Sir Roy & Julia

Sir Roy Colin Strong, CH, FRSL is an English art historian, former museum curator, writer, broadcaster and landscape designer. He has served as director of both the National Portrait Gallery and the Victoria and Albert Museum, was knighted in 1982 and made a Companion of Honour in 2016.

Roy Colin Strong was born in 1935 and grew up in Winchmore Hill (then in Middlesex). He attended nearby Edmonton County Grammar School and went on to graduate with a first class honours degree in history from Queen Mary College, University of London. He then earned his Ph.D from the Warburg Institute and became a research fellow at the Institute of Historical Research.

He became assistant keeper of the National Portrait Gallery in London in 1959. In 1967, aged 32, he was appointed its director, a post he held until 1973. By regularly introducing new exhibitions he doubled attendance.

In 1973, aged 38, he became the youngest director of the Victoria and Albert Museum (V&A), London. In his tenure, until 1987, he presided over some landmark exhibitions such as The Destruction of the Country House (1974), Change and Decay: the future of our churches (1977), and The Garden: A Celebration of a Thousand Years of British Gardening (1979), all of which have been credited with boosting their conservationist agendas. In 1980 he was awarded the prestigious Shakespeare Prize by the FVS Foundation of Hamburg in recognition of his contribution to the arts in the UK.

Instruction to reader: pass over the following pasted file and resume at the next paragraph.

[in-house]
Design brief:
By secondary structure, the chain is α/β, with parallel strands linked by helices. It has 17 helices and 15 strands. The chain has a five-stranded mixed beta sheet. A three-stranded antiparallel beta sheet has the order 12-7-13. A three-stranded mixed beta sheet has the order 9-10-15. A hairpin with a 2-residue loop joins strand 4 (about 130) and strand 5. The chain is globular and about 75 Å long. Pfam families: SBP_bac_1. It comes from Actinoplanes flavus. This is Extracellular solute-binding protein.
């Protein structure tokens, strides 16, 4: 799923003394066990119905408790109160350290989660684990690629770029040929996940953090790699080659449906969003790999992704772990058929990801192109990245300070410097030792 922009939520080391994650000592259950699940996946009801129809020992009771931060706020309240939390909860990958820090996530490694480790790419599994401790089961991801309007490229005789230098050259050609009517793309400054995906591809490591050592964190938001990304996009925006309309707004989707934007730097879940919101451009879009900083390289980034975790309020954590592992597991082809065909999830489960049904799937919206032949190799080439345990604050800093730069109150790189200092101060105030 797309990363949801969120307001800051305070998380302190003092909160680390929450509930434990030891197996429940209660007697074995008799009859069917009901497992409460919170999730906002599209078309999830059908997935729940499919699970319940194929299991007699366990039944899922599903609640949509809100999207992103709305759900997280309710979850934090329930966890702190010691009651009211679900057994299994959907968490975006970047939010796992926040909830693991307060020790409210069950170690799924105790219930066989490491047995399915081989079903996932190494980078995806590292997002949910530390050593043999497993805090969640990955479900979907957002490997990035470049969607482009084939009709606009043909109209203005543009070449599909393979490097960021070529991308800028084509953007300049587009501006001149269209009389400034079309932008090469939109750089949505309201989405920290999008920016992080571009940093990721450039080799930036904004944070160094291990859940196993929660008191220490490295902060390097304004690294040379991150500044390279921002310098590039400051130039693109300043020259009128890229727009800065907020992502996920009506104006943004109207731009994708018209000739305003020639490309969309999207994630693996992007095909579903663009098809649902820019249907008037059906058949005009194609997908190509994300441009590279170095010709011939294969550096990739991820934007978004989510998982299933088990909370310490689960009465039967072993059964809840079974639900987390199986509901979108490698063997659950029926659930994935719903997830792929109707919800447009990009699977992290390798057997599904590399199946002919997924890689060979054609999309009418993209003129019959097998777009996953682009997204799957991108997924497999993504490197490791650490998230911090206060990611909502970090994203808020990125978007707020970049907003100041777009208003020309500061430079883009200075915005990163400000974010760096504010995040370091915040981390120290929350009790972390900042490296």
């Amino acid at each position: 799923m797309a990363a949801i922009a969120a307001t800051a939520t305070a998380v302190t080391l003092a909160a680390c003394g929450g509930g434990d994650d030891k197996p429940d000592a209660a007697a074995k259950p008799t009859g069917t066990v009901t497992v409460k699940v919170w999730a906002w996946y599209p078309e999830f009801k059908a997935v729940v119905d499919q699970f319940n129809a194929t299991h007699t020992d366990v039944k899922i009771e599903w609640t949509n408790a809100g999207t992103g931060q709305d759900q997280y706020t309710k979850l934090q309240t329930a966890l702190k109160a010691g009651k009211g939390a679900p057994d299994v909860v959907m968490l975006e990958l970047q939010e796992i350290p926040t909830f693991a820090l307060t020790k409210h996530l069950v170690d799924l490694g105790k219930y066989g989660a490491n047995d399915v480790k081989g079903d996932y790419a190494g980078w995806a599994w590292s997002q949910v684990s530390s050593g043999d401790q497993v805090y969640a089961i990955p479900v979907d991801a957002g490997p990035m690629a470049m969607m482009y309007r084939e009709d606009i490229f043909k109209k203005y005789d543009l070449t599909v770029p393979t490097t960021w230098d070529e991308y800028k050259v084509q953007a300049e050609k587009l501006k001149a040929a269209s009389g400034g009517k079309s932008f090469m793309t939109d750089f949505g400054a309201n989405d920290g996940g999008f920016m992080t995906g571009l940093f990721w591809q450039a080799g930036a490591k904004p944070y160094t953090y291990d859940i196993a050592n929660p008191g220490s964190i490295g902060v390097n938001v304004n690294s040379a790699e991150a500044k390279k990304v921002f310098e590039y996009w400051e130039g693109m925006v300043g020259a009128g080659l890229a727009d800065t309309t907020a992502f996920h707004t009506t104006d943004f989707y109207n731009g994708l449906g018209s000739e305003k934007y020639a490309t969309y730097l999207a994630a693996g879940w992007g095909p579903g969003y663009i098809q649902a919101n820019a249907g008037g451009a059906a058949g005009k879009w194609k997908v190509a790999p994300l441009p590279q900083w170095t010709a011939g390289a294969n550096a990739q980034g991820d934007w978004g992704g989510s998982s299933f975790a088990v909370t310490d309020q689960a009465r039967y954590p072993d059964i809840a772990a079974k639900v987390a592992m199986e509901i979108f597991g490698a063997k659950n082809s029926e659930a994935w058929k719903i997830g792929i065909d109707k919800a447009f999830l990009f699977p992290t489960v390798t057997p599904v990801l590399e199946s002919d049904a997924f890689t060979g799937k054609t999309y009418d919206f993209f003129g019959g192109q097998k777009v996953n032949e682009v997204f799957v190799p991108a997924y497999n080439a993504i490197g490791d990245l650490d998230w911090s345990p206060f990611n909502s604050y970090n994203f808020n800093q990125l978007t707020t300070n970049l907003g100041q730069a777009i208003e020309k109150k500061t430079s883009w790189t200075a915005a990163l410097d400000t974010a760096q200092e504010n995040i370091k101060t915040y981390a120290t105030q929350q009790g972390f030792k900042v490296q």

Sir Roy Strong CH is a prolific writer – he is currently working on his 44th book. Over the years he has written extensively on the country’s history as well as a long series of books on garden history and design and his diaries have recently been re-published as has The Story of Britain.

Amongst those for whom he has designed or assisted with their gardens are The Prince of Wales, Sir Elton John & Gianni Versace.

Julia Trevelyan Oman CBE was born in 1930, a member of a distinguished intellectual family that included her grandfather, Sir Charles Oman, Chicheley Professor of Modern History at Oxford. Her training as a designer was at Wimbledon School of Art and at the Royal College of Art from which she entered the BBC. Among the BBC television programmes she worked on were Dixon of Dock Green and the Billy Cotton Band Show. In 1966 she won the designer of the year award for her contribution to Jonathan Miller’s television production of Alice in Wonderland. In 1968 she won the Plays and Players “Best Set” award for Brief Lives.

She later had a distinguished career as a designer for films, theatre, ballet & opera including sets for Chichester Festival, Hamburg State Opera, the Glyndebourne Festival, the National Theatre, the Royal Shakespeare Company & most notably for the Royal Opera House where some of her productions are still in use.

It is her famously meticulous attention to detail that has provided the most comprehensive archive of the creation of The Laskett gardens which now resides with the Bodleian Library.

She was made a CBE in 1986 and died of cancer in 2003.